Little skill on the goal wall, but a lot of charm and emotional stories: The British Prince Harry put all his effort into promoting his Invictus Games in Düsseldorf, sporting competitions for war-disabled soldiers, in the ZDF "Sportstudio". With him on the show was Federal Defense Minister Boris Pistorius - he not only showed significantly more skill on the goal wall, he also received a job suggestion from the prince.
Prince against minister, England against Germany, young against old - the winner of this duel probably came as a surprise to some viewers. The 63-year-old Pistorius hit the bottom hole in the goal wall twice in the Mainz TV studio, and narrowly missed several times. Harry (38), on the other hand, didn't score at all - and had already suspected that. The prince took a deep breath and asked the team of moderators what would happen if they had zero hits at the end. “Why do I have to start?” he asked at the beginning. And when he passed the ball to Pistorius after the first three misses, he commented on the quality of the ball: "It's nothing."
Harry jokes: Pistorius as the new national coach?
Alluding to a previously shown article criticizing national soccer coach Hansi Flick after the national team's lost game, Harry finally said to Pistorius with a laugh: "Is that the new soccer coach for Germany now? You can do that on the side. The man for all occasions so to speak." But the shame wasn't enough: In the end, Harry, fifth in line to the throne of the proud football nation England, had to put a scarf from the Bundesliga club Mainz 05 around his neck - a gift from Mayor Nino Haase.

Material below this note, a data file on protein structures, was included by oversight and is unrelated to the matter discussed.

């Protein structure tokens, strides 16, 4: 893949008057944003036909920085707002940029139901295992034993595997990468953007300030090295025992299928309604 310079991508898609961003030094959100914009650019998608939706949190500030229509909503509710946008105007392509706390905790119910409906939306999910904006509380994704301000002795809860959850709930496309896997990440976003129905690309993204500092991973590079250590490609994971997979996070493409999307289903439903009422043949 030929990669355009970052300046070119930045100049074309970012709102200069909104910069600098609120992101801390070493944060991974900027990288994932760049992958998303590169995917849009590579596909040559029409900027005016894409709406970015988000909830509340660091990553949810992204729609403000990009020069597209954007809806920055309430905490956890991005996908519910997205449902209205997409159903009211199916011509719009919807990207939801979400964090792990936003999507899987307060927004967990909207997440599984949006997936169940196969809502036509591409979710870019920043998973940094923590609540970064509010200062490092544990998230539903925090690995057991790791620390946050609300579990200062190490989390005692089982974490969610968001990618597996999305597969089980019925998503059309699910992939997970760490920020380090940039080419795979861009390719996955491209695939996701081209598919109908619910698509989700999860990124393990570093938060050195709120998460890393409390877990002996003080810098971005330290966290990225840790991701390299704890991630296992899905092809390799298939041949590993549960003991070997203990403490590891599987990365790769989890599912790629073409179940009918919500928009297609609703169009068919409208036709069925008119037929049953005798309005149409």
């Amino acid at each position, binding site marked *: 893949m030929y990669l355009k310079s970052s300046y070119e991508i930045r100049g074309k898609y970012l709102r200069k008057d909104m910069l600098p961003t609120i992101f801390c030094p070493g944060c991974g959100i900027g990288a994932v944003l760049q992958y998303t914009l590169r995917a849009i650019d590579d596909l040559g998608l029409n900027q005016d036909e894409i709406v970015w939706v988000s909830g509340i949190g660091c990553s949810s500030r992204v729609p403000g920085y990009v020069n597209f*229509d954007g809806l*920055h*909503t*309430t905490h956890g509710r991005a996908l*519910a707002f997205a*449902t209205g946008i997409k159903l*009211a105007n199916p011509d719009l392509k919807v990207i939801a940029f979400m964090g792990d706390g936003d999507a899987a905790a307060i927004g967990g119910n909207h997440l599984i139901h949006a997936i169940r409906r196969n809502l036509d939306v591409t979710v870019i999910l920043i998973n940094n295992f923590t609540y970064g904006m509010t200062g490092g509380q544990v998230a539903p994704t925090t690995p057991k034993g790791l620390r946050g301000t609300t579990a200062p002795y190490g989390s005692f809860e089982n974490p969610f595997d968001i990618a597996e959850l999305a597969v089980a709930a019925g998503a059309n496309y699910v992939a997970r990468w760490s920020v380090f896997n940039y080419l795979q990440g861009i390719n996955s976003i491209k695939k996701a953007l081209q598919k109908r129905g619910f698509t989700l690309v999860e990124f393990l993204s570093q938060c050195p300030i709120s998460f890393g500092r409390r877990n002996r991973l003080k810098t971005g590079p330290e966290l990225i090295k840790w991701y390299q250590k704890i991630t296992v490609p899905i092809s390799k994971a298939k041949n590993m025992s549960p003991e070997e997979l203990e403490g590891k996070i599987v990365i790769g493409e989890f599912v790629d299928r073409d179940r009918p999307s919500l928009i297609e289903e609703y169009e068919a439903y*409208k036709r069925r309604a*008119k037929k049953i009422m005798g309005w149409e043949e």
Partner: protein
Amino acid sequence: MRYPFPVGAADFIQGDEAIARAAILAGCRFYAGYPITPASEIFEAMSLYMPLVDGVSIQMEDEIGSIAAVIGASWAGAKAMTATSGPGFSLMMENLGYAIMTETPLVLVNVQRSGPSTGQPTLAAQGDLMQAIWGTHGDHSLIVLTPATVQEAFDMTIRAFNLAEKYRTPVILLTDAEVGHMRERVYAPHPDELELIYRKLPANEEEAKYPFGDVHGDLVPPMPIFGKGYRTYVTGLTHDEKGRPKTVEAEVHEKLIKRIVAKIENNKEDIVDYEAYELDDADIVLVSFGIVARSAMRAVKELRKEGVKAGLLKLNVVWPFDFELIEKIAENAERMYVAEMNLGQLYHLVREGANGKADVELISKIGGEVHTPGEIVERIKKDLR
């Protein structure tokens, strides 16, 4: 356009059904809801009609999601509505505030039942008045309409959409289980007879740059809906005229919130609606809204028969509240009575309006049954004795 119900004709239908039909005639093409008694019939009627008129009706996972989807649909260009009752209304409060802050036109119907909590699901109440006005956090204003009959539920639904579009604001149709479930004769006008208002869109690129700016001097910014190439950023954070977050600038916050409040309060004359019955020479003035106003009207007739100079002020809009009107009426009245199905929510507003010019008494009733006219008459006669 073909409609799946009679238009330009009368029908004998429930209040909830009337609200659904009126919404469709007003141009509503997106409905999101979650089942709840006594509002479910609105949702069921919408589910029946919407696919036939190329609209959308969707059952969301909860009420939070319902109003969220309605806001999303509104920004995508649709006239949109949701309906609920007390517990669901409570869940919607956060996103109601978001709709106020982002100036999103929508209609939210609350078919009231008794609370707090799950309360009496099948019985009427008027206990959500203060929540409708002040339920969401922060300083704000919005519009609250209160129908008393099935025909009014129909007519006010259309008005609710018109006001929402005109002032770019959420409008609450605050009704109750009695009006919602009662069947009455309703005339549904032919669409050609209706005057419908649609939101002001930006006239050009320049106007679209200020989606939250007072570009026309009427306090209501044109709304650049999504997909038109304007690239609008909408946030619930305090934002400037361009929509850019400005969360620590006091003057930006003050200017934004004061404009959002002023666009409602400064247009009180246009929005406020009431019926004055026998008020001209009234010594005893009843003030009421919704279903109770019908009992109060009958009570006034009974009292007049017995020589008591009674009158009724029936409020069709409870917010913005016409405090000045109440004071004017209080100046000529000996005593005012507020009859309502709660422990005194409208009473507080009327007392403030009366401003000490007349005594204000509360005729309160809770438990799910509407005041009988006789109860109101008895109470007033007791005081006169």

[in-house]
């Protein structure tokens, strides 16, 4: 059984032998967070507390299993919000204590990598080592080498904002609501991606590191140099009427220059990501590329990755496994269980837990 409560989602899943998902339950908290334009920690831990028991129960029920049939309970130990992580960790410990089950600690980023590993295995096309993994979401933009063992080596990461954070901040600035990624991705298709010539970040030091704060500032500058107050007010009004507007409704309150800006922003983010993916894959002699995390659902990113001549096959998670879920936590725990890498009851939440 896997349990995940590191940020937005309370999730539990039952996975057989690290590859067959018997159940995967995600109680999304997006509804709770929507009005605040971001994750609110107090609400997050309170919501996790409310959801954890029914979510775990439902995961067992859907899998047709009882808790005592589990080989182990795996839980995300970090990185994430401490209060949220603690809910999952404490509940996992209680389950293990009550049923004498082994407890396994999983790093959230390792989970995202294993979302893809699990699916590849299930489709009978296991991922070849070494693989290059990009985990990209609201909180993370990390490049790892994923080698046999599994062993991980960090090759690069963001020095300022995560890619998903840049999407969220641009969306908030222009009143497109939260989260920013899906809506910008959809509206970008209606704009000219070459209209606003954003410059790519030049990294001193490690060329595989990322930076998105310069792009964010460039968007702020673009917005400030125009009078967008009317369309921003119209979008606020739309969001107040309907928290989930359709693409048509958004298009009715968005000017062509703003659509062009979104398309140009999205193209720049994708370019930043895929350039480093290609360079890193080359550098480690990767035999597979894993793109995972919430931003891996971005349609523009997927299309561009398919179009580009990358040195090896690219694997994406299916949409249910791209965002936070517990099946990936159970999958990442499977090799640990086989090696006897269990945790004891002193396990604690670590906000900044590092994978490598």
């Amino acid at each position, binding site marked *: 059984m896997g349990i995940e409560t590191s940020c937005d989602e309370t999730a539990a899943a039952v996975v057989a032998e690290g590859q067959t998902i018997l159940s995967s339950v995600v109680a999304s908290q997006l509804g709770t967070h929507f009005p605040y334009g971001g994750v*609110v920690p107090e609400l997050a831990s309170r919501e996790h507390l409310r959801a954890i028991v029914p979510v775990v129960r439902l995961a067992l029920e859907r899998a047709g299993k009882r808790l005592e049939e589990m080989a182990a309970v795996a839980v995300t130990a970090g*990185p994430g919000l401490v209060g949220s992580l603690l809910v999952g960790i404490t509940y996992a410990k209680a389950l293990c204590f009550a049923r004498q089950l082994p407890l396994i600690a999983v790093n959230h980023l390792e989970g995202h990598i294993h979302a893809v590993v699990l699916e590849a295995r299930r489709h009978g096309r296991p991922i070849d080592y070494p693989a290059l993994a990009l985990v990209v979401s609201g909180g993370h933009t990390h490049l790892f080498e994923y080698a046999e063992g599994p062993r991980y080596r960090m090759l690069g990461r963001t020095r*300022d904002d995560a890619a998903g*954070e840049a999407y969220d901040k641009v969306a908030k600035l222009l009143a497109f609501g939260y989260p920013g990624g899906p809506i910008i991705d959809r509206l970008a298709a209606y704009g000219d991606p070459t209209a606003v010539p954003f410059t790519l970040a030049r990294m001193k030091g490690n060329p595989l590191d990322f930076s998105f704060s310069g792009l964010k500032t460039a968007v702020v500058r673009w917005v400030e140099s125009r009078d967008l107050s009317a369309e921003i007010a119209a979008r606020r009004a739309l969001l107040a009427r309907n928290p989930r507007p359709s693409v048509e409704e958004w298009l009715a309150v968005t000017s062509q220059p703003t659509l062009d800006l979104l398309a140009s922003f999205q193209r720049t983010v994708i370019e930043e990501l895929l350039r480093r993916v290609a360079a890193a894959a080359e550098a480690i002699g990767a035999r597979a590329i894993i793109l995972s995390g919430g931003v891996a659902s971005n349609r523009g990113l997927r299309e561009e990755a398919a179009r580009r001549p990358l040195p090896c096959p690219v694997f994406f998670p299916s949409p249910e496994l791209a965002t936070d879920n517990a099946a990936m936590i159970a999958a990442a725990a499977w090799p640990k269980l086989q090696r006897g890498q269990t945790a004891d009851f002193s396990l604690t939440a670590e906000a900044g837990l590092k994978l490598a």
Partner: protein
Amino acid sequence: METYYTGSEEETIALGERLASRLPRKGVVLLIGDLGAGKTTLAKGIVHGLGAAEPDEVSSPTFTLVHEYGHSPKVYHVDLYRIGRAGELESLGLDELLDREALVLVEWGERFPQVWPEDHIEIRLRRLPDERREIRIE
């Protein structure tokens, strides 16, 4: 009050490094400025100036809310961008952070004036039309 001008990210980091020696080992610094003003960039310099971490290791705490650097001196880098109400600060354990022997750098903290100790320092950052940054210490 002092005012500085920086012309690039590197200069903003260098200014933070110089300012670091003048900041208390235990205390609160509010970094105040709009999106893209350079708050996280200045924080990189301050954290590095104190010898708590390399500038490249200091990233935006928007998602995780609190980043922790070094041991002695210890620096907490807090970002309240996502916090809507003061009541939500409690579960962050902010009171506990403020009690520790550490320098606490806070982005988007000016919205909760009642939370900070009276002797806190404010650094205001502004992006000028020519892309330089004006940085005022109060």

But the Duke of Sussex took it with humor. At least it gave him the opportunity to speak to a large TV audience about his heartfelt affair, the Invictus Games. “I’m just really proud when I see how happy these people are,” said Harry about the athletes. For him, it was important to see that the community - soldiers wounded in action, but also police officers and firefighters injured in the line of duty - inspired other affected people. Seeing how determined and resilient the participants are, who have often experienced the worst, can inspire a lot of people.
Deployment in Afghanistan
Harry himself served in Afghanistan as an officer in the British Army. When he returned home, he was on a plane with seriously wounded soldiers - a turning point for the prince. "When you're faced with something like that, your life changes," Harry said. If you grew up the way he did and wanted your own voice to be heard publicly, then it was clear that you had to use that. He initiated the Invictus Games in 2014, and since then the number of participating countries and athletes has continued to increase.
The 38-year-old prince said it was particularly important to him to encourage people to talk about psychological problems such as post-traumatic stress disorder. "This could potentially save someone's life."
But there is also criticism of the competitions that opened in Düsseldorf on Saturday - they are a glorification of war. Absolutely incomprehensible for Minister Pistorius: “I don’t understand this criticism at all,” he said. He doesn't understand "how one can come to speak of heroizing war or being a soldier." The opposite is the case, the Defense Minister continued - because the Invictus Games will now show what horror war means. The participants could also be role models and show how you can fight your way back into life through sport.
Pistorius: Ukraine war changes view of Bundeswehr
When asked about the fact that in other countries, such as the USA, war veterans were celebrated as heroes, Pistorius said: "We have a different tradition. We have a huge break from Nazi Germany when it comes to our military tradition." For decades, Germany dealt with the Bundeswehr differently than other nations dealt with their armed forces. "That has been changing for some time and it has changed again due to the war in Ukraine. There is a renewed awareness that armed forces are needed."
The two prominent guests were accompanied by two participants from the Invictus Games: Angelo Anderson from the USA and Jens Niemeyer from Germany. Niemeyer, visibly moved, told how he suffered from severe post-traumatic stress disorder after a deployment to Afghanistan - and how he is now slowly feeling better again with the help of sport and the Invictus Games.